We have had a few snow showers, one with snowflakes about an inch and a quarter across, although the snow had gone from the ground an hour later but some sun as well and it is cold. It's not freezing but there is a strong cold wind at the moment. The weather forecast is that it will start warming up again on Monday with more sun. I hope they're right – I want to get out and about again.
We are starting to talk about our trips for this year. The only one which is set in stone at present is a short trip, two nights, in Lavenham, Suffolk at the end of April. Lavenham, an amazing small medieval market town of timber-framed buildings, is already featured on the web site but we like the place very much and one can always get more and better photographs.
Other planned ‘week long’ trips are:
Stamford – supposedly ‘one of the nicest stone towns in England’ featuring small cobbled lanes leading into open squares and a number of medieval churches. We shall see if the reality matches the rhetoric. It does have a river and, on the other side of the river, Burghley House – an Elizabethan Stately Home built in the late 1500s.
Lincoln – A small city with a cathedral, a medieval Bishop’s Palace, a river and a Norman castle.
Peterborough (possibly) with it’s cathedral.
Rye – One of the Cinque Ports but now 2 miles inland with a 12th century church, castle and the old town wall. We have been to Rye, many years ago, before the web site was started so it’s time for a re-visit with photographs this time.
The South Downs including the Seven Sisters and Birling Gap.
Wells – The smallest city in England with a wonderful cathedral.
The Mendip Hills including Cheddar Gorge and Burrington Combe.
There will also be some day trips and possible destinations for those are:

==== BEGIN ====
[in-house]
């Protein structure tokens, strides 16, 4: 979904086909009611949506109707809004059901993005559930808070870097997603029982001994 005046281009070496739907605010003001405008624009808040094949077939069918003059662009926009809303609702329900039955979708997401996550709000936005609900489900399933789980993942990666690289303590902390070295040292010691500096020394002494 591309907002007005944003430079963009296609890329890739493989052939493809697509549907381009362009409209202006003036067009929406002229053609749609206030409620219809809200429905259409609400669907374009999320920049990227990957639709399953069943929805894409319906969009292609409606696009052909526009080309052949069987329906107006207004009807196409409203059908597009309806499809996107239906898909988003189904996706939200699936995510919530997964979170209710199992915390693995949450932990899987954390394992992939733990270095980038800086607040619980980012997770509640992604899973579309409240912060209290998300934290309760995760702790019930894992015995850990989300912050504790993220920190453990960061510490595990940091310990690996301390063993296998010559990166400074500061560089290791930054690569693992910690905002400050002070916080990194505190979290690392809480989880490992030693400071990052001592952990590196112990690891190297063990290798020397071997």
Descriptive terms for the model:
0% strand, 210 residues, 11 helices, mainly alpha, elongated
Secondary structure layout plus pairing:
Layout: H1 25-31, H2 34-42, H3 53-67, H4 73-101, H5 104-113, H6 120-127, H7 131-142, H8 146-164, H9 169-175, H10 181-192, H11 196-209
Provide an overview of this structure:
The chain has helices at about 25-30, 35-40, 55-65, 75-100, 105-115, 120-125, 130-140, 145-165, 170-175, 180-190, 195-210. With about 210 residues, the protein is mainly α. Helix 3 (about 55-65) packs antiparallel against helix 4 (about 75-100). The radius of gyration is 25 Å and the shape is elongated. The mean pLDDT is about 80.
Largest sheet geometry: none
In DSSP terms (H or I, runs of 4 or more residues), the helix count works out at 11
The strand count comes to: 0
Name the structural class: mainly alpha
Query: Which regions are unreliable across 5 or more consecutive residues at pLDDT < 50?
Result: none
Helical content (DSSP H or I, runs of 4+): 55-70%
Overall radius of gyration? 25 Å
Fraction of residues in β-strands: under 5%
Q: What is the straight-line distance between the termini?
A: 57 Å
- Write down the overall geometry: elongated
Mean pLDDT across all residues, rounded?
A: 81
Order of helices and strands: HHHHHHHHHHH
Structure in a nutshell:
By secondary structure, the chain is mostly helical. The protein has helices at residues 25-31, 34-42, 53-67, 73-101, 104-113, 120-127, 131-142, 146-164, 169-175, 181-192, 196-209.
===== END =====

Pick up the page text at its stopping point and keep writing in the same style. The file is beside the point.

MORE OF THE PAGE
Saffron Walden and Audley End House, Essex
Stisted, Essex (Village and Bluebell wood)
Dunwich Heath and Coast, Suffolk
Orford (Castle), Suffolk
Cambridge, particularly Grantchester, Cambridgeshire
The order and times for all these have not been fixed yet and some, or all, of them may be arranged at the very last minute mostly decided by the weather forecast. All are subject to change.
Some of the hotels at which we will be staying may have broadband access so that I may be able to make some posts on the Blog whilst we are away but some hotels will not.
If anyone wants to make comments about this then please feel free.
It was sunny and mild this morning so we drove to Tiptree Heath, a Site of Special Scientific Interest (SSSI), for a walk round.
The Gorse (Ulex europaeus) is starting to flower although not yet at it’s best.
Gorse is typical of heathland as is Heather and, although heather does not flower until around July, the three types of Heather found in Great Britain all occur here. They are Bell Heather (Erica cinerea), Cross-leaved Heath (Erica tetralix) and, the most common, Ling (Calluna vulgaris) otherwise known as Common Heather.
We found a little pond hidden away in part of the woodland area which hosted a large amount of Norfolk Reed – the light straw coloured stuff on the far side of the water.
There were also a large number of green shoots sprouting from the surrounding earth which could very well be Flag Iris so we will have to go back around May to see if they are in flower.
In another part of the woodland we saw some Witches Broom, a type of gall caused by a mite, which you should be able to see in this picture as small clumps which look like birds nests.
The Witches Broom is a bit more obvious in this picture.
I’ll finish off with a view of one of the open areas of the heath.
All in all a nice little walk.
You may, or may not, have heard of the Collar Dove (Streptopelia decaocto) which started off as a resident of India and then decided to take over the world. It started spreading outwards and reached Britain in 1955 breeding in North Norfolk for the first time. We certainly see it in our garden, frequently in considerable numbers, and they are often to be seen sunning themselves in the morning in one of our trees.